Uncovering Our Hidden Misogyny

Just stumbled across this and thought it was a great starting point for some really important ideas.  It’s a relatively brief video with a lot of important commentary in the area of both the Church and society when it comes to how women are treated.

I thought one of the most important parts of the discussion was at the end when we were encouraged to examine our own hearts for hidden contempt toward others.  All sexism or negative treatment of a group of people begins in our own heart.  Look for it, be open to letting others point it out, and be honest in how it affects the way you feel about others.

Uncovering Our Hidden Misogyny

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4 responses to “Uncovering Our Hidden Misogyny

  1. That’s a good bridge-builder for discussion. I might put it on FB. Thanks.

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  2. I shared it with a friend for now. He and I were both struck by the untruth that sexism is not theological. I think the interviewer was attempting to disarm members of the audience who would be alarmed to think that in order to be concerned about sexism they must change their theology of women (i.e., those who might tune out immediately at the thought). But as it comes out later in the conversation, this IS indeed a big piece of it. It is true that my patriarchal church, however, can be concerned re: aspects of sexism while maintaining many biased ideas about and limitations of women. So I get what he is attempting.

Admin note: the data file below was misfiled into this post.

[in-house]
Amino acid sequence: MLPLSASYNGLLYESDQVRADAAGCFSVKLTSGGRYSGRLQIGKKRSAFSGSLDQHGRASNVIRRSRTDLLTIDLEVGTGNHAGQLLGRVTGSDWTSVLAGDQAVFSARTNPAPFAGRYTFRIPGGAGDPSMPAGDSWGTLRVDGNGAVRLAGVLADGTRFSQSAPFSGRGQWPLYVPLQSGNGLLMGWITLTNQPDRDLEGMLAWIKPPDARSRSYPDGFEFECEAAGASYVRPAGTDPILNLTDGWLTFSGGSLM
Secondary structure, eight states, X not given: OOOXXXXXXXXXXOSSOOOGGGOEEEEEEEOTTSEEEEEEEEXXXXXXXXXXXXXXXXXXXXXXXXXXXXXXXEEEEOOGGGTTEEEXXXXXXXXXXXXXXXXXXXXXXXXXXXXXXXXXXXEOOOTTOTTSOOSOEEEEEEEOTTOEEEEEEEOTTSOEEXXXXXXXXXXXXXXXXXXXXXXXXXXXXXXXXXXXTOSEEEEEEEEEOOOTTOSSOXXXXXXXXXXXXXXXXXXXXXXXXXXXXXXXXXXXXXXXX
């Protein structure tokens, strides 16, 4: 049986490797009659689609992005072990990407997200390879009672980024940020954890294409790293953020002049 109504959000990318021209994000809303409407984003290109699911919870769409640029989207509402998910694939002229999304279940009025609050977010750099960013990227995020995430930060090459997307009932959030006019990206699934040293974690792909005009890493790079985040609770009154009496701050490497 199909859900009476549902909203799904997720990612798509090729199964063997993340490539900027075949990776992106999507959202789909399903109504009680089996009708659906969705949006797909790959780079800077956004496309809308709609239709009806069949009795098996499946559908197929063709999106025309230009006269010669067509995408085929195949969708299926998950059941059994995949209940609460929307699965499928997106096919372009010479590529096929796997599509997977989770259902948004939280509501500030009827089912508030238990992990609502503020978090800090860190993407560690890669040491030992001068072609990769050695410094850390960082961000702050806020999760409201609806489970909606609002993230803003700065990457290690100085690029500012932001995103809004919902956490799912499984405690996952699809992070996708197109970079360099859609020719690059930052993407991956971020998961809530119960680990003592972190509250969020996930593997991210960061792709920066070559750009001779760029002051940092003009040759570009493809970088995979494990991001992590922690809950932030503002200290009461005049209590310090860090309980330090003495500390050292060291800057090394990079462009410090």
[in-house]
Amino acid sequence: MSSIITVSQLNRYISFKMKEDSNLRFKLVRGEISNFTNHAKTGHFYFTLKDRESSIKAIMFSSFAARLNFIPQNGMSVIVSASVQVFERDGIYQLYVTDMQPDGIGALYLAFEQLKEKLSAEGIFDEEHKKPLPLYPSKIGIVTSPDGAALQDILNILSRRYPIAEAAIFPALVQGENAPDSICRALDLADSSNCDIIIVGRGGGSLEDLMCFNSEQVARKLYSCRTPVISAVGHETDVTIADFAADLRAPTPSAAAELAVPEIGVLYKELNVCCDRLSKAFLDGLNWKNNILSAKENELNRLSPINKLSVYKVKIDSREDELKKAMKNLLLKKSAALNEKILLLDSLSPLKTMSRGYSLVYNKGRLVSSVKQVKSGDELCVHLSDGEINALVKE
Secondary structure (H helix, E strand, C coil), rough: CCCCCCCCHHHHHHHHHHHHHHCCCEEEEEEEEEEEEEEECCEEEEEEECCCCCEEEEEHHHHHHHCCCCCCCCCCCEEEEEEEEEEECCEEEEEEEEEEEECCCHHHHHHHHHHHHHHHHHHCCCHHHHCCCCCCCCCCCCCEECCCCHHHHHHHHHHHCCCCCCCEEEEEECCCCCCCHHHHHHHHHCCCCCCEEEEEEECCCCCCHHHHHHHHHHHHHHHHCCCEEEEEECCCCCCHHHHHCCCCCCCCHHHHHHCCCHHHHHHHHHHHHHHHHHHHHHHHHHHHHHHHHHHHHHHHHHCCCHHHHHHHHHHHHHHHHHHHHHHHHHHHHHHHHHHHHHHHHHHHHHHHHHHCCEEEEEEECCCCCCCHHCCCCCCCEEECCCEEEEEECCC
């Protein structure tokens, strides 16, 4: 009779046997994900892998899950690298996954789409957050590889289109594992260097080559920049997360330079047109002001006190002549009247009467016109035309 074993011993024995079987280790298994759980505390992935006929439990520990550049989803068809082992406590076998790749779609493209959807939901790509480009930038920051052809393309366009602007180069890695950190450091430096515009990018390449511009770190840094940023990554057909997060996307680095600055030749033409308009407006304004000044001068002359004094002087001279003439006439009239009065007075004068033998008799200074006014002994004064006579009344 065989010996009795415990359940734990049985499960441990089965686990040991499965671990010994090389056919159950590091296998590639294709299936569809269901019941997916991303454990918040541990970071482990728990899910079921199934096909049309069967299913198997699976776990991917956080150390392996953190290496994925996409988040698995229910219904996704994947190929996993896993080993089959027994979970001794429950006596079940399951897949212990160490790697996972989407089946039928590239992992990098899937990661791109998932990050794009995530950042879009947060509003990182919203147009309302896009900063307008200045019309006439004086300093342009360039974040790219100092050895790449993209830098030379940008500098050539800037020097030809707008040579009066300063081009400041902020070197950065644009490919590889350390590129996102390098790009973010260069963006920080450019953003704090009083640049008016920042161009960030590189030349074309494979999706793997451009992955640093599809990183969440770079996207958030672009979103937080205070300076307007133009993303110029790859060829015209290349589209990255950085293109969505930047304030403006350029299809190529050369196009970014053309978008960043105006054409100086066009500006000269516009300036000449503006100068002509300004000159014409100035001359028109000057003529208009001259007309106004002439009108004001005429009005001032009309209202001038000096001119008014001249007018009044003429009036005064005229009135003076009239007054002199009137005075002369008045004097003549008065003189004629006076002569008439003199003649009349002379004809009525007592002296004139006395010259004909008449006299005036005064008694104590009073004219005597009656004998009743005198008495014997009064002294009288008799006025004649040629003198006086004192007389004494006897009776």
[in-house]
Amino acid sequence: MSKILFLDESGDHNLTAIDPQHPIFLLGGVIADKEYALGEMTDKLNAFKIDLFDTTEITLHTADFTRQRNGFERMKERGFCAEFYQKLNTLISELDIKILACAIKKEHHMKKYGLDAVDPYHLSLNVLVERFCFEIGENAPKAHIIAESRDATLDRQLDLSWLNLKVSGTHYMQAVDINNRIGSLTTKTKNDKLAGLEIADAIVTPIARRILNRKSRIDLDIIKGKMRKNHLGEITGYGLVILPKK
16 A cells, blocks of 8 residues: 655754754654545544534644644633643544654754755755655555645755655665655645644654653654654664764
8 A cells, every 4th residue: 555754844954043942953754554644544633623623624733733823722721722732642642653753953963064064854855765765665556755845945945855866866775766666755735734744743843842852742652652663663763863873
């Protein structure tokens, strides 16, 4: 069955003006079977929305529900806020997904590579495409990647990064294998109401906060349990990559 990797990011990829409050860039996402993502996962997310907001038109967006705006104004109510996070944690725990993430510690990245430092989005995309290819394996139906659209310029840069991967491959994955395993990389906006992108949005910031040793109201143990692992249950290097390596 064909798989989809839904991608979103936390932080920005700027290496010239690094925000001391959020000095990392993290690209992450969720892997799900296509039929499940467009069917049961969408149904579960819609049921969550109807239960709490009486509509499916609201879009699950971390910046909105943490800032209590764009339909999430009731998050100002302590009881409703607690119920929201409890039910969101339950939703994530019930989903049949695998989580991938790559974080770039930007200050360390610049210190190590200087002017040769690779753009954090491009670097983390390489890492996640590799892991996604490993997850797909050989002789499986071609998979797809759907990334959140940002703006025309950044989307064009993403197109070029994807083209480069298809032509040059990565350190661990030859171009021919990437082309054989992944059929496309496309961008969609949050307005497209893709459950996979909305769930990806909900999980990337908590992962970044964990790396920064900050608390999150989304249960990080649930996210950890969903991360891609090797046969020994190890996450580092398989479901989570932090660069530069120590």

I really liked how one woman pointed out that she wonders what we really think of other cultures if we think women are capable church-planters among them but not good enough here.

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  3. You bring-up a very good point that sexism isn’t theological. As I was putting this up I thought about how it might be received, and I remembered how I would have probably reacted a few years ago. My perception was that any type of concern about sexism or women’s right was being too “politically correct”, which automatically equaled liberalism, which equaled “You obviously don’t believe what the Bible says about women (Oh, and you probably also support abortion!), so I don’t have much trust in anything else you say.” In other words, I would have completely tuned it out and written it off. Fear of being associated with the kinds of people who are concerned about these things kept me from seeing any truth or validity in the message. As though anything “they” believed was automatically wrong. I laugh at my black and white thinking, my inability to see that no one group is all right or all wrong, but it also saddens me to think that just like you said, people will automatically tune out. While I think there are definitely issues that complementarians/patriarchialists will necessarily bump-up against concerning the roles of women in leadership, equality, ectc…, fighting against sexism as talked about in this video is many steps before broaching those issues. And, I think, it’s a necessary fight for the Church to be a part of. In the same way we should fight against racism, we should fight against sexism, because any ideology that makes one category of humans less than another, is not of God.

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  4. “Fear of being associated with the kinds of people who are concerned about these things kept me from seeing any truth or validity in the message.”

    I remember living there as well! And I largely concur with your response. Good thoughts.

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